Posted by: blog4globalhealth | 08/30/2009

Economic situation, corruption allegations trouble Zambian advocate

GHC Policy Communications Coordinator Vince Blaser is traveling in Zambia and Tanzania to visit member programs and report on policy connections. This is the first of his reports.

LUSAKA, Zambia – Winstone Zulu has been at the forefront of discussions on health issues here for years, and he is worried. Zulu was diagnosed with polio as a child, has been living with HIV/AIDS since 1990 and was diagnosed with tuberculosis in 1997. Four of his brothers have passed because of TB.

Zulu’s experiences have led him to be a tireless advocate on HIV/AIDS and TB both here in Zambia and around the world. He became the first Zambian to publicly state he is HIV-positive. He also has been very active for a greater worldwide response to TB – including an appearance at this year’s International Conference on Global Health, where I first met him earlier this year.

We met again this weekend at the Lusaka Airport, where he and a couple colleagues were kind enough to give me a ride into town. Zulu said he and other advocates around Zambia are concerned, specifically about treatment access. He said that for years, people who once would have “resigned themselves” to die now hope to live for decades because of the increased availability of antiretroviral drugs and other treatments. However, he added that the worldwide economic situation and recent questions over missing money in the Zambian Ministry of Health have given advocates growing cause for worry about the future of treatment availability.

According to Reuters, Sweden and the Netherlands in May froze assistance funding to Zambia after reports surfaced about the alleged stolen money. According to Zulu, the missing money is of added distress for advocates because it potentially came from the Global Fund to Fight AIDS, TB and Malaria. Zulu said he and others have been arguing that the Global Fund has worked very well and has been more transparent than some bilateral arrangements. According to the Times of Zambia, Henry Kapoko, former Zambian Ministry of Health human resources officer, and eight others have been charged with obtaining money under false pretenses.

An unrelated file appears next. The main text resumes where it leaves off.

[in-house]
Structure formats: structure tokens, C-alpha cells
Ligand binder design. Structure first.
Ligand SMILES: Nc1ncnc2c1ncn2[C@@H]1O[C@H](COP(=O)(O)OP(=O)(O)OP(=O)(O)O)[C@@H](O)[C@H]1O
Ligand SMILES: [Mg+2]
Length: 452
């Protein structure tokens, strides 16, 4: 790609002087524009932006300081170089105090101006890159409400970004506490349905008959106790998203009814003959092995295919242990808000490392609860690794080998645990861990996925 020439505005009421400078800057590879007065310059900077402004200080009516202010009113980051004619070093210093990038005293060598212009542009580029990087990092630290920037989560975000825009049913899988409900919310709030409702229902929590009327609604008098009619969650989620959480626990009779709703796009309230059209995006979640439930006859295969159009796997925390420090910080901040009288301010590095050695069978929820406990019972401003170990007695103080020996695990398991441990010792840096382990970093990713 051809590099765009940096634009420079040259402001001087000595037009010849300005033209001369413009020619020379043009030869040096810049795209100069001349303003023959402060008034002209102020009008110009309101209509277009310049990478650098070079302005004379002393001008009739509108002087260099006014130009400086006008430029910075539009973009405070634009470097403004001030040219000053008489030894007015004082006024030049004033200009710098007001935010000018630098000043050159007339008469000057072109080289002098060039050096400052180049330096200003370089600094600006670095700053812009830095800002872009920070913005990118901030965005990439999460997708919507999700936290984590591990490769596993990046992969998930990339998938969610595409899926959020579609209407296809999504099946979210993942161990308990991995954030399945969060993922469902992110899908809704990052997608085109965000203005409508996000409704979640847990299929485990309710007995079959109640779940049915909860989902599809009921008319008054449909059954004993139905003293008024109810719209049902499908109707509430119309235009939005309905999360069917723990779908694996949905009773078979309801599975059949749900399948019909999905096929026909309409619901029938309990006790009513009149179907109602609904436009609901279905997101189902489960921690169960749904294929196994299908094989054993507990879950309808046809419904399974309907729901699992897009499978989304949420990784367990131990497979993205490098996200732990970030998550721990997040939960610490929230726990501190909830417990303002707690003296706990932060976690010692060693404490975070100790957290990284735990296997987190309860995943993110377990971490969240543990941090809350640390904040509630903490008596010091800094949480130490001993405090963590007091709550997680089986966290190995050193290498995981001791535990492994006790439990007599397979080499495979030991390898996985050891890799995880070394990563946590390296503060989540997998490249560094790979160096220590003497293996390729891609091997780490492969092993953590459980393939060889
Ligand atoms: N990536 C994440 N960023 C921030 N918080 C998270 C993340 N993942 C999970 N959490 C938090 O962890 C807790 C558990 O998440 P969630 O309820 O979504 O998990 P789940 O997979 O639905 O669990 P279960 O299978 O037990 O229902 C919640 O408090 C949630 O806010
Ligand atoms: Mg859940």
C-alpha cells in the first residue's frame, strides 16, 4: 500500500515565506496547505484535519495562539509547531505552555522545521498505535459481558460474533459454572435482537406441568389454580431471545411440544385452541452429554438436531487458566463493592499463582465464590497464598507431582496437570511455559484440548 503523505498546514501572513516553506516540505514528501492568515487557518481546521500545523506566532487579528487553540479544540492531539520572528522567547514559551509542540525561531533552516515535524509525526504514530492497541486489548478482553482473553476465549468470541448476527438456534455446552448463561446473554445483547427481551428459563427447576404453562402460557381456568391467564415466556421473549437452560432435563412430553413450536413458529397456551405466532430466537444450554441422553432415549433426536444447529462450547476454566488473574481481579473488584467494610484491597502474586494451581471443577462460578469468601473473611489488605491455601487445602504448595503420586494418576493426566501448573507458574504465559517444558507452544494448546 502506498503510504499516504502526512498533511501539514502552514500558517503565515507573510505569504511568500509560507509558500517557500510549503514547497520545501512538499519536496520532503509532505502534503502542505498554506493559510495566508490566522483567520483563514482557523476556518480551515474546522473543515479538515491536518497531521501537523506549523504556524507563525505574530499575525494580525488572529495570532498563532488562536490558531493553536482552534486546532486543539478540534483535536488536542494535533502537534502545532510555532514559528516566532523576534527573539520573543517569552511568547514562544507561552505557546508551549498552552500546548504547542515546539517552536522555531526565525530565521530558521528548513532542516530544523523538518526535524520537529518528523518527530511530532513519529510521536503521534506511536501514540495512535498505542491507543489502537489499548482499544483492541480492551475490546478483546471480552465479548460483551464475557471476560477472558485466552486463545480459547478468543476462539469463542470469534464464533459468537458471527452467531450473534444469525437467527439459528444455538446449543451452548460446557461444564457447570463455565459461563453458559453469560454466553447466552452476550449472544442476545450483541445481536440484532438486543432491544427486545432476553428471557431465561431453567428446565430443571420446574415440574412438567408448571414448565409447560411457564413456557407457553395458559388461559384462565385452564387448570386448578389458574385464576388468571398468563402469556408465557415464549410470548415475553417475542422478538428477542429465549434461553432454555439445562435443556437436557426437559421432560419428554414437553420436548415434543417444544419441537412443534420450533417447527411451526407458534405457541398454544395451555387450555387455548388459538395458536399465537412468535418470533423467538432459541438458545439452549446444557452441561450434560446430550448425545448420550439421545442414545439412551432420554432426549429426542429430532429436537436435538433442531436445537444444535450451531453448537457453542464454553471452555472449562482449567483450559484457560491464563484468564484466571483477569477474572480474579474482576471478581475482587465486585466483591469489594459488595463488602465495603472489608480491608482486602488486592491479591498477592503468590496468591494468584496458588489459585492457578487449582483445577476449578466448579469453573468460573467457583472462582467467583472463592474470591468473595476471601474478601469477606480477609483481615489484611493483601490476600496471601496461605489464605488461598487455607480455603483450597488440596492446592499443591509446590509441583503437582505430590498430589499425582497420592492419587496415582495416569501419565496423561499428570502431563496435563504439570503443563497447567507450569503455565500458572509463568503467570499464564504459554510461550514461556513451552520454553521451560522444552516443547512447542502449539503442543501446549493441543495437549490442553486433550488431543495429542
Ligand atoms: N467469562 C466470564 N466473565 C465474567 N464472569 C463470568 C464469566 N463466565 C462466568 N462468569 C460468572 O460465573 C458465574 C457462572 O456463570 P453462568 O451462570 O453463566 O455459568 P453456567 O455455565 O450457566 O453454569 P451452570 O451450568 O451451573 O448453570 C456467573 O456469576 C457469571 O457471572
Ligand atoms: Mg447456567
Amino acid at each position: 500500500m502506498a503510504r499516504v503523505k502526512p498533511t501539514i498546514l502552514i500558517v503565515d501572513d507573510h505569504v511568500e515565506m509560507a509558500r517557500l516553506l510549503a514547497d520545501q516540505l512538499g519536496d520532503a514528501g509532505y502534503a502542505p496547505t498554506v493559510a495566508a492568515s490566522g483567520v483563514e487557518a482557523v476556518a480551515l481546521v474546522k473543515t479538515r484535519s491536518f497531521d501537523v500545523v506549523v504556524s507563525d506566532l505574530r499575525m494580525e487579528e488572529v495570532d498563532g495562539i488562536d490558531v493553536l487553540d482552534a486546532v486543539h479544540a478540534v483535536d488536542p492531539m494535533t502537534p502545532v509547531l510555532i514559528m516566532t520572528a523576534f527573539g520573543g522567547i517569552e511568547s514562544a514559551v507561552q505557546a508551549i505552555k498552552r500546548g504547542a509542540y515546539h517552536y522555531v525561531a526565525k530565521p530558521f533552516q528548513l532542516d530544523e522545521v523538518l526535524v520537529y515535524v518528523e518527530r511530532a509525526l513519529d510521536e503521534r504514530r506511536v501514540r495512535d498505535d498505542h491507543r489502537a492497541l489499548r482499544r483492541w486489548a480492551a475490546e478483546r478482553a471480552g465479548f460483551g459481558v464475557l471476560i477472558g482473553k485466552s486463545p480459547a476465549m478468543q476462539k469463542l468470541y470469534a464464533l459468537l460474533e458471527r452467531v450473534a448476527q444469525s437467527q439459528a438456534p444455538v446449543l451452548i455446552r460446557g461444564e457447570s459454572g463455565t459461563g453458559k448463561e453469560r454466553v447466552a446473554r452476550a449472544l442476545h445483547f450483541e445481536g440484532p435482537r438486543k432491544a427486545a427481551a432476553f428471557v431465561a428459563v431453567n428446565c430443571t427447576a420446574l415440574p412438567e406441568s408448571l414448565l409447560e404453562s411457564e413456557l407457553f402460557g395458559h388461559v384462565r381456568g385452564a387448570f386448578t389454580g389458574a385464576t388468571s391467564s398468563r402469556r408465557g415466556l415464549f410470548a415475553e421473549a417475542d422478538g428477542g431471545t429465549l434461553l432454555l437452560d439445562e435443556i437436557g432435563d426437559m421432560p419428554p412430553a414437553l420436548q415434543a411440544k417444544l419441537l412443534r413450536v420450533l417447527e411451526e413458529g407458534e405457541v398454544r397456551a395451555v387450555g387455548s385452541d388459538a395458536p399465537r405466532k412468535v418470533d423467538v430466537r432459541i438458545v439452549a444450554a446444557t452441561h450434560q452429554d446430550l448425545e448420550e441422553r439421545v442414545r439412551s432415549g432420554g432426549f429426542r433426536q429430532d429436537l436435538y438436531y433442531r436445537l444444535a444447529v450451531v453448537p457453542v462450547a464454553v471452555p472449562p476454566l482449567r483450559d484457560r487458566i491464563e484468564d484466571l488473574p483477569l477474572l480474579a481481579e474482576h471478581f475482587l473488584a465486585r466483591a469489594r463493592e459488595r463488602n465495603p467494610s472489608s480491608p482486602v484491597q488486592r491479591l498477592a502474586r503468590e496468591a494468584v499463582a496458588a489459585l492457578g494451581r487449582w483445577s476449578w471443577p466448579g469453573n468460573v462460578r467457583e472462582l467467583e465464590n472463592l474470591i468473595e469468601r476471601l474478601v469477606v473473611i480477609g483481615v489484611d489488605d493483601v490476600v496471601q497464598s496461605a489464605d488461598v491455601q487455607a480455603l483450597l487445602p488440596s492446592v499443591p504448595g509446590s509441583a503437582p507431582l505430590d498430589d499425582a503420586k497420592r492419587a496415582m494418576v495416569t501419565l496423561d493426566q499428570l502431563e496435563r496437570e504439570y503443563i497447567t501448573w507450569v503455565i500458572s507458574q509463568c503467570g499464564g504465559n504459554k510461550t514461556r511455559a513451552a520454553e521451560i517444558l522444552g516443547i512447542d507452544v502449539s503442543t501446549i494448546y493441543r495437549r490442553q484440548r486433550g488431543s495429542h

While the investigation is still ongoing, I’m not sure that the outcome will affect the reputation of the Global Fund among its donors, regardless of whether the money came from the Fund or not. In fact, because these allegations have led to charges, it could increase the viability of arguments from Zulu and others.

However, it is still news about corruption and donor investments, which is not good news for advocates like Zulu who have seen lives saved by these investments. Zulu said that cases of corruption are far less likely under the U.S. President’s Emergency Plan for AIDS Relief (PEPFAR) than other bilateral agreements because of the many stipulations placed on PEPFAR grants, as well as the “large number” of Americans directly involved. But PEPFAR does not come without its own problems, according to Zulu. He said that PEPFAR is perceived to bring too much benefit to organizations in the U.S.

Zulu was unsure yet how recent statements made in the U.S. – such as President Obama’s call for a comprehensive global health strategy and Secretary Clinton’s statement in Kenya this month that “too little” U.S. foreign assistance “has reached the intended target or contributed to lasting progress” – will translate here in Zambia. I am hoping to find out this week what some of the successes and challenges of programs funded by the U.S. and other donors have been and how that can relate to the policy discussions the U.S. and other donors are currently engaged in.

In the morning, I will visit a site of the Infant and Young Child Nutrition Project, which USAID partners with PATH and our other partners on. As always, I welcome your thoughts and comments.

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